Family trip to Jaydee Camp: 19 – 22 November 2012

I had spent a few days guiding three members of the family a couple of years ago and after a great few days in the bush, they had decided that they wanted to bring a few more family members along for the next trip. With this in mind I sought out a suitable location and after weighing up all the options, I decided on Jaydee Camp, a private self-catered camp located in the heart of the Timbavati Private Nature Reserve. Our group booked the entire camp for 3 nights with me as guide and Lucas as tracker and chief navigator.

Although the camp is self-catered we decided to opt for a slightly less strenuous option and had our food bought for us and prepared by the live-in chef, Schoeman. after sampling Schoeman’s first dinner of beef fillet, we soon realised that we had in fact made the right decision. Not only was his food excellent, but doing it this way meant that we could relax on a game drive and not worry about returning to camp and having to prepare a meal.

19 NOVEMBER 2012
The majority of the group arrived late in the afternoon on 19 November. We decided to head out for a short game drive just to explore the area. I am certainly not one for missing a game drive and shortly after leaving the camp,  we  came  across  the  fascinating  sight  of  a  Spider-hunting  Wasp dragging a Baboon Spider along a road. These wasps sting a spider and in so doing paralyse it. They then lay an egg on it, bury the spider and when the  egg  hatches,  its  first  meal  is  the Spider.  I  have  seen  Spider-hunting Wasps with spiders on many occasions, but never with one as large as this baboon spider. After studying this amazing sight for a while, we continued on our way.

Not long thereafter, another vehicle which was in close proximity to us spotted a young male leopard. We headed across to the sighting and ended up being the last vehicle with the leopard which allowed us at least 45-minutes with him. He provided us with some fantastic views as he rose from his resting place and headed off into the African night. We returned to the camp to enjoy the fillet that Schoeman had prepared for us.

20 NOVEMBER 2012
After a great first day, everyone was eagerly anticipating what lay in store for us on day 2. Coffee was enjoyed in the main area of the camp after which we departed  on  our  morning  game  drive.  Some  of  the  morning  highlights included seeing 2 adult and 2 young Spotted Hyenas as well as a white rhino cow  and  calf.  We  Also  had  great  views  of  giraffe  during  the  morning.  The highlight of the morning was seeing 2 male lions in prime condition, resting up in the Nhlaralumi River bed. These lions both had huge bellies and had probably feasted on something during the night. After viewing the lions, we headed back to Jaydee Camp.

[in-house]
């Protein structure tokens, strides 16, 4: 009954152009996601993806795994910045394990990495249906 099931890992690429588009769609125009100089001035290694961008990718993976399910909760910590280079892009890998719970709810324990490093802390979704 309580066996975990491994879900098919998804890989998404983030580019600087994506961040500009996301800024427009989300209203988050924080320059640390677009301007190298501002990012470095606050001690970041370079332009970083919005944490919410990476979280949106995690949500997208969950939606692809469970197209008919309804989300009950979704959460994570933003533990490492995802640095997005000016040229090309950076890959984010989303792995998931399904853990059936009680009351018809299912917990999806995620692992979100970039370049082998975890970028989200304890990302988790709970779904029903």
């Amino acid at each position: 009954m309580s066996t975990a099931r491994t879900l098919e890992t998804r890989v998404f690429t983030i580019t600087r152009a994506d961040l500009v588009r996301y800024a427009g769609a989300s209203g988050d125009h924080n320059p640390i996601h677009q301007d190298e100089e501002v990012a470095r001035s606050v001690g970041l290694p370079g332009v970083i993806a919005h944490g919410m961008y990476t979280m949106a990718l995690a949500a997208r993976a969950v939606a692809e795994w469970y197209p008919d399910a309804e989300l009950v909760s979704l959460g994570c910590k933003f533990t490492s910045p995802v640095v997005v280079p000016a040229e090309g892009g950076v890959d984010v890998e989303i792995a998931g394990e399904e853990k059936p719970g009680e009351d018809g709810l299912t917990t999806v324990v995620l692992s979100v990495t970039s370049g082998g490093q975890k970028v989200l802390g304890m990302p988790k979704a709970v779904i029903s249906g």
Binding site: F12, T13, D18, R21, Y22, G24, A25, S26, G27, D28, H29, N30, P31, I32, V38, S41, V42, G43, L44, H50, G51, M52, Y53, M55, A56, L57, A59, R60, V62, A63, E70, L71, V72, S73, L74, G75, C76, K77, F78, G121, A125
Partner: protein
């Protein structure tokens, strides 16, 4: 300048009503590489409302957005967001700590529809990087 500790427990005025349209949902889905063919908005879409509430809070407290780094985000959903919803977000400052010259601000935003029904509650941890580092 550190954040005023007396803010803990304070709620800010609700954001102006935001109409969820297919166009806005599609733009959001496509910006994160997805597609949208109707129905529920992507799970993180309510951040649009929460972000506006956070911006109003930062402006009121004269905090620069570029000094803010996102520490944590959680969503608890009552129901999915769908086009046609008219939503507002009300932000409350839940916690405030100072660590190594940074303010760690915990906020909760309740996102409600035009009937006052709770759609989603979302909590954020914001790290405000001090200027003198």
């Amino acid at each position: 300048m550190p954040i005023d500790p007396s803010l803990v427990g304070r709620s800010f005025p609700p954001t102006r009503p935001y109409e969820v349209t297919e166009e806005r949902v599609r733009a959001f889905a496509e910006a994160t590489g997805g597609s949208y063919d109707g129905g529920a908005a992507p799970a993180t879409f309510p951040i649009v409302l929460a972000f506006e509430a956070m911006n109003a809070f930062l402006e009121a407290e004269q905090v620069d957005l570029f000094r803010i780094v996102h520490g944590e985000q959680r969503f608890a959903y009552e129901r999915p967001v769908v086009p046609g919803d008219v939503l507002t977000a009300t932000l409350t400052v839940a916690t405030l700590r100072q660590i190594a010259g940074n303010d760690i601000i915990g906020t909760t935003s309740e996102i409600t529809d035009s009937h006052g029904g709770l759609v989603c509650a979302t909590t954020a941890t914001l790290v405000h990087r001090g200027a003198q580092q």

After  a  hearty  brunch,  the  group  relaxed  in  camp  with  the  majority  of  the  group  spending  time  in  the refreshing waters of the Jaydee Camp pool. Schoeman  had whipped up a tasty chocolate cake during the day which we enjoyed at tea time. We had thoroughly enjoyed our previous two drives and as we left on our afternoon drive, we wondered how we could top them.

We had good sightings of general game such as kudu, giraffe and impala including some new born lambs. Fairly late in the day, we decided to visit a waterhole to see if anything had come down to drink as it was a really hot day. We were in luck. As we arrived, we saw a giraffe making his way to the water’s edge. It is fascinating to watch them as they nervously approach the water. We parked a distance from the water so as not to disturb the giraffe. After a while, the giraffe slowly lowered his head and started to drink. It was about this time that Doug said that he had seen a wild dog. Knowing that 2 packs had been frequenting the area, it was somethingwe had been speaking about and hoping to see. As per usual, I thought Doug was joking and when I looked up, I was amazed to see a wild dog standing near the vehicle.

As we scanned the area, we saw more dogs heading towards the water. We watched as the dogs drank from the waterhole and settled around the edge of the water.